Braking was smooth with an unexceptional pedal feel that was neither touchy nor heavy while the gas pedal was equally responsive.
Important Numbers for Families:
- 620 – Though the EPA rates the vehicle with mile range of 550, with a battery that is fully charged and 14 gallon tank, we got closer to 620 miles to the tank. Don’t use the air conditioning and it will drastically improve your fuel consumption, as will following Ford’s Driving Efficiency Tips.
- 41 – In a combination of city and highway driving using hybrid technology, we experienced an average of 41 mpg
- $45,000 – The MSRP could be considered steep in the mid-sized sedan category but when you consider how much you’re saving on gas, over a three year period (the length of a typical auto loan) the savings really adds up.
- 12 – The cubic feet of cargo space in the trunk is reduced by 25% in the Fusion Energi as opposed to the Fusion’s 16³ ft
- 911- 911 Assist (the Ford equivalent of OnStar) can contact first responders via your Bluetooth connected phone when airbags are deployed
Family 5 Test:
- Car Seats – The spacious interior of the Fusion Energi allows the most legroom for any sedan in its class. This pays off whether traveling with four adults or if your family includes are car seat rider. There is plenty of room for any car seat rider, even when the front seats are moved as far back as possible.
- Coffee Cups – The Fusion Energi’s center console cup holders are a drinker’s dream. Ford’s three spring-loaded stabilizer approach to keeping your cup in place works on something as small as a can of Red Bull and something as large as a to-go flexible cup from a convenience store. Throughout our entire journey, we never had a spill.
- Luggage – With the Fusion Energi being fueled by electric power, and with the gasoline powered engine taking up the space under the hood, it seems only logical that the battery for the Fusion Energi, which is larger than the Fusion hybrid’s battery, would be stored in the trunk area. Because of this, rear storage space was severely limited- basically 75% of what it could be. We were, however, able to load the trunk with two large duffel bags, one overstuffed backpack, a toiletry case, and on the return trip a stuffed life-size Airedale Terrier (that last item is a story for a whole different blog and post).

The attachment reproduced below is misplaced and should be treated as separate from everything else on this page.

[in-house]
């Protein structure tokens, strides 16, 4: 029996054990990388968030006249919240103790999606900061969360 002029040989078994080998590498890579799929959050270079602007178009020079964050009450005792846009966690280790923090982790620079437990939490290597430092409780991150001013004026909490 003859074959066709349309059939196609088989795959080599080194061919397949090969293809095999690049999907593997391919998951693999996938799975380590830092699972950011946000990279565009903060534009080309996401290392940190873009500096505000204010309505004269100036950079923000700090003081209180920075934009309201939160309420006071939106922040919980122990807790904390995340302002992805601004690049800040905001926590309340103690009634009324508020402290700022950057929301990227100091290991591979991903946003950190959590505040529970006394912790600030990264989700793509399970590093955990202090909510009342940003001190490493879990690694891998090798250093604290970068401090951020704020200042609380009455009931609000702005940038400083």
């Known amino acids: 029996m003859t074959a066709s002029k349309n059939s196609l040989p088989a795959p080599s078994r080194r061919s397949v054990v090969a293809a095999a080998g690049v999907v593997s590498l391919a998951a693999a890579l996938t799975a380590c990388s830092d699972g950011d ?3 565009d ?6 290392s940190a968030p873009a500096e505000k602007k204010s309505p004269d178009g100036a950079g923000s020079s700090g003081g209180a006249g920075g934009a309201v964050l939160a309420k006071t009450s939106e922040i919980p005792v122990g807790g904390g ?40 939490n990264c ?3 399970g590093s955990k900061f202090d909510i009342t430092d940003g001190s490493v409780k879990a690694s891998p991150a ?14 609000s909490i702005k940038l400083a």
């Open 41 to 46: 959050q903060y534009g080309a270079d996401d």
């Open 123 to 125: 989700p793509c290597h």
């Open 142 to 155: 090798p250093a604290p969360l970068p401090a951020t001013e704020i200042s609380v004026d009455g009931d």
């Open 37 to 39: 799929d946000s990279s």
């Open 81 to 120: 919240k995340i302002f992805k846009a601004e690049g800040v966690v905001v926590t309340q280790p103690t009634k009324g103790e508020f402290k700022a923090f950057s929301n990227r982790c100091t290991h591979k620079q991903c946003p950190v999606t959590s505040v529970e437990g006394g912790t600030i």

- Golf Clubs – With the lack of storage space in the trunk thanks to the Fusion Energi’s battery, fitting more than one set of golf clubs in the trunk may prove to be a challenge. If you’re riding to the course without backseat riders, however, the clubs easily fit in there instead of the trunk.
- Groceries – One of the major differences in grocery shopping when you’re loading into a sedan versus an SUV is that you have to place items that may roll behind the front seats instead of in the trunk. With the Fusion Energi’s battery placement, it creates a space in the trunk just deep enough and wide enough to hold bags of groceries in place while driving back home- a feature we definitely appreciated.
The Bottom Line:
In 2012, Ford began their “Power of Choice” campaign. The “Choice” is evident in the powertrains available in the current Fusion line–gasoline, plug-in hybrid, and standard hybrid. This availability of choice and the handsome lines of the Fusion may be what has the Fusion poised to knock Camry from the top selling mid-size sedan position, which it’s held for decades.
To see more pictures and video from this vehicle test and future tests, follow Drive My Family on Instagram, Twitter, Facebook, and Vine (@DriveMyFamily).
Pingback: How to Take a 2,000 Mile Road Trip and Spend Less Than $100 in Gas | Inform My Family
Pingback: First Impressions: 2015 Lincoln MKC | Drive My Family
With limited trunk space in the Energi…what other alternate exterior storage products are available from Ford.